Dear Mom,

It's amazing how as life passes by, the roles of parent and child reverse. You have always been my caretaker and protector. Now it's my turn.

My nervousness leading up to your heart surgery was intense, yet you remained calm, at least on the outside. You have always internalized your uneasiness for the sake of your children.

As we drove to Deborah Heart & Lung Center at 4:30 in the morning, you broke the silence by talking about the cranberry bogs we passed. I responded with one-word answers like "interesting" or "really."

I wasn't intentionally being rude. I was paralyzed with fear that this was the last trip I'd take with you. Were these the last couple of hours that we would spend together?

For the entire 40-minute car ride, I wanted to say a few things. The 40 minutes felt more like 40 seconds and I never ended up saying what I wanted to say. So, here it goes.

You are the glue that holds our family together. Through my struggles and the loss of Dad, you stood strong and made sure I did as well. Never once in my 36 years have you not been there for me, and never once have I ever wondered if you would be.

As I've gotten older, I've come to see you more of a person. And while I've always known that you're an amazing mother, you're an even better person.

Thoughtful, generous, kind, understanding, independent, resilient, you are truly one of a kind. Dad always told me that you were the best thing that ever happened to him. People are better when you are in their lives.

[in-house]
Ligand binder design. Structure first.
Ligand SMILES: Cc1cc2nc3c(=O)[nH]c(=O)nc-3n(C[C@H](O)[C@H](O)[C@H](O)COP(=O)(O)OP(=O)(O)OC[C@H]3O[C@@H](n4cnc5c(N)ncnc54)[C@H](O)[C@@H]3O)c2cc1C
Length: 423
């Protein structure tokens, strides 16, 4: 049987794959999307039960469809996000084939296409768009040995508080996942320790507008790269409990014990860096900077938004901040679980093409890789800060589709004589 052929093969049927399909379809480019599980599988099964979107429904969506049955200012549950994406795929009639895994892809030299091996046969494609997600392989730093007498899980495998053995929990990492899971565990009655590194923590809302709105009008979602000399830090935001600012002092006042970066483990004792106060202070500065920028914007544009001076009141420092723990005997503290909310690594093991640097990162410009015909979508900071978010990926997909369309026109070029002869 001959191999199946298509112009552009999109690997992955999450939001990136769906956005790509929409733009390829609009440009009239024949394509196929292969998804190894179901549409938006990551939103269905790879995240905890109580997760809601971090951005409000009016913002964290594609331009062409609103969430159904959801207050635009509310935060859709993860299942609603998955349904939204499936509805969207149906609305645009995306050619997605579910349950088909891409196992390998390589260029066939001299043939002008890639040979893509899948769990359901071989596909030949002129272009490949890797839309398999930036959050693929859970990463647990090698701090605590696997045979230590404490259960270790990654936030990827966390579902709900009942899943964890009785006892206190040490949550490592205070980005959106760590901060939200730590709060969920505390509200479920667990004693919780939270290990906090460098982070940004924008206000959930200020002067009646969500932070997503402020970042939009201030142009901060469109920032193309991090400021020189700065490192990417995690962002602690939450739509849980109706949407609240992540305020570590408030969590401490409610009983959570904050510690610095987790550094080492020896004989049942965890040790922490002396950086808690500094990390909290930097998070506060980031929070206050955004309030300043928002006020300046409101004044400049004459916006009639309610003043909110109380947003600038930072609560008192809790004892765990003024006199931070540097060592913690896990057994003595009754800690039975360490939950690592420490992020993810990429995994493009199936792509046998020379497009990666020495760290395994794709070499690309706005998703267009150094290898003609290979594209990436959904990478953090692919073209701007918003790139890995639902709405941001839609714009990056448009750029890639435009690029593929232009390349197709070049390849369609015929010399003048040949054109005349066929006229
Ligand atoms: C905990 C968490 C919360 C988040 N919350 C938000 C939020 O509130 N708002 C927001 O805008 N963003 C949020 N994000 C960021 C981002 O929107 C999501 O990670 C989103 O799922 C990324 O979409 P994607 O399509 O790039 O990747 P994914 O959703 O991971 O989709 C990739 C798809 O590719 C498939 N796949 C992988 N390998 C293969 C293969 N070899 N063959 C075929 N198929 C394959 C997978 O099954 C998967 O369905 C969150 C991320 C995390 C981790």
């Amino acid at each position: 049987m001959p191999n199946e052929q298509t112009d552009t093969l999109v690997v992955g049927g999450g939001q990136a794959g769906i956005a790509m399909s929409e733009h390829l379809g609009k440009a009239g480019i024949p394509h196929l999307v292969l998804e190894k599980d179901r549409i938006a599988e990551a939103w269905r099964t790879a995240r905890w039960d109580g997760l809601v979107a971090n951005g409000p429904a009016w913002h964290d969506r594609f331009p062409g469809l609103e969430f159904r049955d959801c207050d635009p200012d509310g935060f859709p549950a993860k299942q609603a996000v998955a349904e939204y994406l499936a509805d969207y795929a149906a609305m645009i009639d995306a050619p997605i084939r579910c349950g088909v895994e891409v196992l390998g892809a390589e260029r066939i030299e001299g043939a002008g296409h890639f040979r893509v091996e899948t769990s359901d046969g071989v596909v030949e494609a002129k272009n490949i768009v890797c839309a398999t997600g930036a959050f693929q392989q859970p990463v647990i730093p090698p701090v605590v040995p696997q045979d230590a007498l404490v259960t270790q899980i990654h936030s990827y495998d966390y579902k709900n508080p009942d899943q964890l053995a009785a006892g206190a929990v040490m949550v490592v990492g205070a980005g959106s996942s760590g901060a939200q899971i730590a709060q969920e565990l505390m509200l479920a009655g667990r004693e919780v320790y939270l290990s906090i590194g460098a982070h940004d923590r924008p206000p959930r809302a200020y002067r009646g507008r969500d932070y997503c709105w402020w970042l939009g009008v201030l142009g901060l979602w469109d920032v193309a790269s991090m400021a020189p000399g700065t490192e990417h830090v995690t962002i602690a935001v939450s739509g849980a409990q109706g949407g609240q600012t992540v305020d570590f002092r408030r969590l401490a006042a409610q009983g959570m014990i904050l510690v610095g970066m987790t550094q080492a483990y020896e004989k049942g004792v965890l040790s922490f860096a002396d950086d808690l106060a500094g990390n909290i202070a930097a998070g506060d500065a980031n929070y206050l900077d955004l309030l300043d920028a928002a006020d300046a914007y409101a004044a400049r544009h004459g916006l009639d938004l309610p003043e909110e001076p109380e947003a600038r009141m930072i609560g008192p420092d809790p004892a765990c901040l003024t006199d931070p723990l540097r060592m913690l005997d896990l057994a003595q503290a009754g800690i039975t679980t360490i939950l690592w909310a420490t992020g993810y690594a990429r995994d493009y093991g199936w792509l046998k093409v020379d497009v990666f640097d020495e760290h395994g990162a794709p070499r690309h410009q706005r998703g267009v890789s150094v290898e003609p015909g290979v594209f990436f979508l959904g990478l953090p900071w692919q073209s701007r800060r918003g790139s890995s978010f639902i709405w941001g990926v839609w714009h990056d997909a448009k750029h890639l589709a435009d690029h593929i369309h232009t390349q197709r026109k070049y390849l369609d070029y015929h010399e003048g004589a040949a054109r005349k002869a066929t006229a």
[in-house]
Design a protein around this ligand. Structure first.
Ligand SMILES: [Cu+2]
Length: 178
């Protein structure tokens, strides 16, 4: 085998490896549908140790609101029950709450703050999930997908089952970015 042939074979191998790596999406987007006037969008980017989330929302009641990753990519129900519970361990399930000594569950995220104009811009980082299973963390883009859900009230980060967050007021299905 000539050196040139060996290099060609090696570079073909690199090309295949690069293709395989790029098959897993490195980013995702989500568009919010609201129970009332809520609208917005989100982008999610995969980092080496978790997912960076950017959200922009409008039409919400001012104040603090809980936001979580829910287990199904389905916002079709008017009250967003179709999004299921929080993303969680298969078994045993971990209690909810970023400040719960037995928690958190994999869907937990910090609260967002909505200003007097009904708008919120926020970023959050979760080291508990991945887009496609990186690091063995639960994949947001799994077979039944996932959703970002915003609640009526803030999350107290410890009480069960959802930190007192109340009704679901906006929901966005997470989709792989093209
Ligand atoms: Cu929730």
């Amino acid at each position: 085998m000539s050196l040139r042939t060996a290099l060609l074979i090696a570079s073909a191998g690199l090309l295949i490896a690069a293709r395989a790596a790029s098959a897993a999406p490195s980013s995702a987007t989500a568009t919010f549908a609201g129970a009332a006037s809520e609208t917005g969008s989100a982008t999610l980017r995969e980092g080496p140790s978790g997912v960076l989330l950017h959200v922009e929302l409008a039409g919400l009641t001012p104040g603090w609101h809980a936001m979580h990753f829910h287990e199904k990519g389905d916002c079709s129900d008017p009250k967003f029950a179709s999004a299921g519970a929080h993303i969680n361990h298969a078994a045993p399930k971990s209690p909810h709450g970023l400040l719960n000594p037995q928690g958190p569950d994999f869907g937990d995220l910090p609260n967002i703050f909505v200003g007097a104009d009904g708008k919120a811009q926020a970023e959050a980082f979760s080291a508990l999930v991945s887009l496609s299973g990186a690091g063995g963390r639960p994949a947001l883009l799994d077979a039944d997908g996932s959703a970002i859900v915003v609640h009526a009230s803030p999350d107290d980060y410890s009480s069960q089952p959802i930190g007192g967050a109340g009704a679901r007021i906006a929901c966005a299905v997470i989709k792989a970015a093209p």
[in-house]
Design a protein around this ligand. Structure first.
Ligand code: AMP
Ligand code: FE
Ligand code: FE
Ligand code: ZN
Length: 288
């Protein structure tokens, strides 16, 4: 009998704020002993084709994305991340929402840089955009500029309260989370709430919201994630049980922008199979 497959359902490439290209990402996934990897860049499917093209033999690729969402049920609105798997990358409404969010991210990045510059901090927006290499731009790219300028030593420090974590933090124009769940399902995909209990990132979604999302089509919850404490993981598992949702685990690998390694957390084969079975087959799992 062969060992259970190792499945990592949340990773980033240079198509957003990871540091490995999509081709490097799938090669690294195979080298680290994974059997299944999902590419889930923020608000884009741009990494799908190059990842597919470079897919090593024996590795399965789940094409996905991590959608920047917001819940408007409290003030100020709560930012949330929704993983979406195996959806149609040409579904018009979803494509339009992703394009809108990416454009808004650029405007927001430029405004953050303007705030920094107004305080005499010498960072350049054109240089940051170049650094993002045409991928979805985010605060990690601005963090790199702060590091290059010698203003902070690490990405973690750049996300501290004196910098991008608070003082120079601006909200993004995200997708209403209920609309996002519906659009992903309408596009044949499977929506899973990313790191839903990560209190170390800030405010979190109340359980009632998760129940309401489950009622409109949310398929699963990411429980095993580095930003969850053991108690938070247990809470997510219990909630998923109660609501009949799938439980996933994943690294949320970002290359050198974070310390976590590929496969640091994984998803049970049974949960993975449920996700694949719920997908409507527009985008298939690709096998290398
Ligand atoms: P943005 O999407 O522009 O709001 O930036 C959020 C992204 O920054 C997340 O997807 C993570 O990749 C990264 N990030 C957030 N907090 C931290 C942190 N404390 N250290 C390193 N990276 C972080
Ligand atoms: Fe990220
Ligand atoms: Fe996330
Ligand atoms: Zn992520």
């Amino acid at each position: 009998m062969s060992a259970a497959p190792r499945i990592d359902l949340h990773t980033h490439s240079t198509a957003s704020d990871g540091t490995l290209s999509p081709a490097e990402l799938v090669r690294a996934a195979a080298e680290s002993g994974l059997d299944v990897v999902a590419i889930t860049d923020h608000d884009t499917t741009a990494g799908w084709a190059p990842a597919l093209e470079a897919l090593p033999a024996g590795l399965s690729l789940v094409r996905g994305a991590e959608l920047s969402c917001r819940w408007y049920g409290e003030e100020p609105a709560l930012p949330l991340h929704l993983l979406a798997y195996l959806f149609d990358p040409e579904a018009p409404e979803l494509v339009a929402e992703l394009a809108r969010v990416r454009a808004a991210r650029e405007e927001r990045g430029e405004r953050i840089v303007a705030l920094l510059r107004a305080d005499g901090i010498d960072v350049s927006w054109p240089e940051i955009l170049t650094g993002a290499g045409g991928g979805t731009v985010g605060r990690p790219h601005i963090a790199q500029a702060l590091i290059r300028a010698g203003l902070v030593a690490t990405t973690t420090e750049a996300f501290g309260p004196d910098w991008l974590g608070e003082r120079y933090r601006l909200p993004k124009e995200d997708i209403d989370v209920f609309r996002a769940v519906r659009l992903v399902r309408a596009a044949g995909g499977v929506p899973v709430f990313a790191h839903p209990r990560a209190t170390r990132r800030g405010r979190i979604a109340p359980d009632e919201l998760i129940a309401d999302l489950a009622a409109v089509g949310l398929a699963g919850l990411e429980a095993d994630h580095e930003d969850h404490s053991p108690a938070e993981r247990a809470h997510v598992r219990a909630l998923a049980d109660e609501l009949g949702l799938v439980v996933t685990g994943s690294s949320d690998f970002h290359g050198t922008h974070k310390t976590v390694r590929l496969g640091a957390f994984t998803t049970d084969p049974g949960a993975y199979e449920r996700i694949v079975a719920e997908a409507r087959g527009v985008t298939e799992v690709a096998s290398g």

Mom, you're the best person I know. Not because you're my mother, but because you are you.

When I got word from the doctor that your surgery was a success I was taken back to the ICU. The nurse said that you would still be under antiscia and asked me if I was prepared to see you. Truthfully, I wasn't. My Mom, the superwoman, was on a respirator with tubes everywhere and machines beeping incessantly.

It was at that moment that I knew I should've said all of this to you before you went into the OR.

I visited you 24 hours later. While the tubes were gone, you told me you were in great pain. I've never seen you in pain. Up until today, I thought you were immune to pain. What's worse, there was nothing I could do. I was completely helpless.

It was exactly then that I recalled you telling me that there is nothing worse for a parent than seeing their child in pain and being unable to take it away. Unable to fix them. I understand now.

That's why I took your hand and said: "now it's time for me to tell you everything is going to be ok."  You cracked a smile and shed a tear. The last thing you said to me before my 15 minutes of visiting time was up was "don't worry about me." I guess a Mom's concern for her child doesn't take a break, even after major surgery. I promise to try not to worry too much, but I also promise you that I will be by your side, just like you've always been by mine. You are loved by many, especially me.

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